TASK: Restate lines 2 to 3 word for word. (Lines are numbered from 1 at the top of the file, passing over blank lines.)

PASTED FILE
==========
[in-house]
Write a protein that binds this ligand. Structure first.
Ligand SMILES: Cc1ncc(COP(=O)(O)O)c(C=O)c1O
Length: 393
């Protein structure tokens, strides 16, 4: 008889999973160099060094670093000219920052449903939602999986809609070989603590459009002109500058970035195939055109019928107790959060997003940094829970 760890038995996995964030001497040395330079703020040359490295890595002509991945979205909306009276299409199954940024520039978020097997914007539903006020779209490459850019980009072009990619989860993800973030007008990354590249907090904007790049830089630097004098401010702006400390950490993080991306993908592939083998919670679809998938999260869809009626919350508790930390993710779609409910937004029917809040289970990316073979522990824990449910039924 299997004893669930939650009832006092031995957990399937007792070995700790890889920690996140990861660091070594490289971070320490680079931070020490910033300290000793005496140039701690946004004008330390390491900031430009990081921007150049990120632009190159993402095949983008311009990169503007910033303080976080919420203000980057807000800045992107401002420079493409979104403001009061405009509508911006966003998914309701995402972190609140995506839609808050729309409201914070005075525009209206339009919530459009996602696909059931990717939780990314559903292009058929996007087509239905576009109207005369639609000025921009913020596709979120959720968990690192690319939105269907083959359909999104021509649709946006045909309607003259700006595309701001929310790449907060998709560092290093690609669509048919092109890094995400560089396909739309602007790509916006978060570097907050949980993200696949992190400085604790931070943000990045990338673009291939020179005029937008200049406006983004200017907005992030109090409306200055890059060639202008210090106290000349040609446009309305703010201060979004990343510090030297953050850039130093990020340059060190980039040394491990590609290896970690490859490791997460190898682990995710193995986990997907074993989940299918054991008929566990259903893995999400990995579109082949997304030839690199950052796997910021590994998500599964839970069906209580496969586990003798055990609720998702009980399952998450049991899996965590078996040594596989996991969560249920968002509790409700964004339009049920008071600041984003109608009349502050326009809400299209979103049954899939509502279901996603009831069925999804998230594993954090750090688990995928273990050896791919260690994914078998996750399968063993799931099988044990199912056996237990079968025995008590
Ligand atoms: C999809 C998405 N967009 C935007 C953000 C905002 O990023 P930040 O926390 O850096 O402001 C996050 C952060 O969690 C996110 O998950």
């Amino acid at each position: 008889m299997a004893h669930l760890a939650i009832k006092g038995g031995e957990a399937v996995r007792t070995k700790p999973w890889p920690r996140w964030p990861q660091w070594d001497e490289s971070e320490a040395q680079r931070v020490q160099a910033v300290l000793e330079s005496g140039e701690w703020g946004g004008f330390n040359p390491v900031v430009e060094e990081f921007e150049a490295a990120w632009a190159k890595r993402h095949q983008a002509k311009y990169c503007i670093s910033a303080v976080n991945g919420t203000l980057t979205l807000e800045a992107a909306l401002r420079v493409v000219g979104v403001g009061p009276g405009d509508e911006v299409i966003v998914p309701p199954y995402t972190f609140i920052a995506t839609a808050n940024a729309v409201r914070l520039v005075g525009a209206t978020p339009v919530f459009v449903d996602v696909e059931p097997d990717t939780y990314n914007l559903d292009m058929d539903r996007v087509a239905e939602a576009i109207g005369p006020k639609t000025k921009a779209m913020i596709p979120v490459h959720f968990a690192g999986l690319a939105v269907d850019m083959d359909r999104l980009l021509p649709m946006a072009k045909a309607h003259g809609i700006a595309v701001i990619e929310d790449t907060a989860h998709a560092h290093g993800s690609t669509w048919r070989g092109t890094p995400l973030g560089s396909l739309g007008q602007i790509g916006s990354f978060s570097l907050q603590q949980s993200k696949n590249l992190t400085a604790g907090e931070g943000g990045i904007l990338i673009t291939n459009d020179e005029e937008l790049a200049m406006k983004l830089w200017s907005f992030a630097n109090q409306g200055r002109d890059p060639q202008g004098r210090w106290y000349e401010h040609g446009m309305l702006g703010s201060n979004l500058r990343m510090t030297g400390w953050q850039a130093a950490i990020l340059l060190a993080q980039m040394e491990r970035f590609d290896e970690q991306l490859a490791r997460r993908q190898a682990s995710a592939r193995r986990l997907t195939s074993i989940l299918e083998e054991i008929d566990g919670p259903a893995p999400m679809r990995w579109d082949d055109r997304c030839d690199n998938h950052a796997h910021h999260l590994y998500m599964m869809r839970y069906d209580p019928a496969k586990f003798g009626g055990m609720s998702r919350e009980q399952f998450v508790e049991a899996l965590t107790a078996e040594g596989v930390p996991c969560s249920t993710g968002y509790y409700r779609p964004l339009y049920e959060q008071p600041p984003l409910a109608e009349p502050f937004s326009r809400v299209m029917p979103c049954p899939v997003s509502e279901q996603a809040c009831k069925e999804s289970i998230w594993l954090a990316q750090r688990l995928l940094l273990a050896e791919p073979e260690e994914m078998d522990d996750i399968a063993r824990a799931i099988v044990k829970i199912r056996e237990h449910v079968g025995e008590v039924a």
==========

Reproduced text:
Write a protein that binds this ligand. Structure first.
Ligand SMILES: Cc1ncc(COP(=O)(O)O)c(C=O)c1O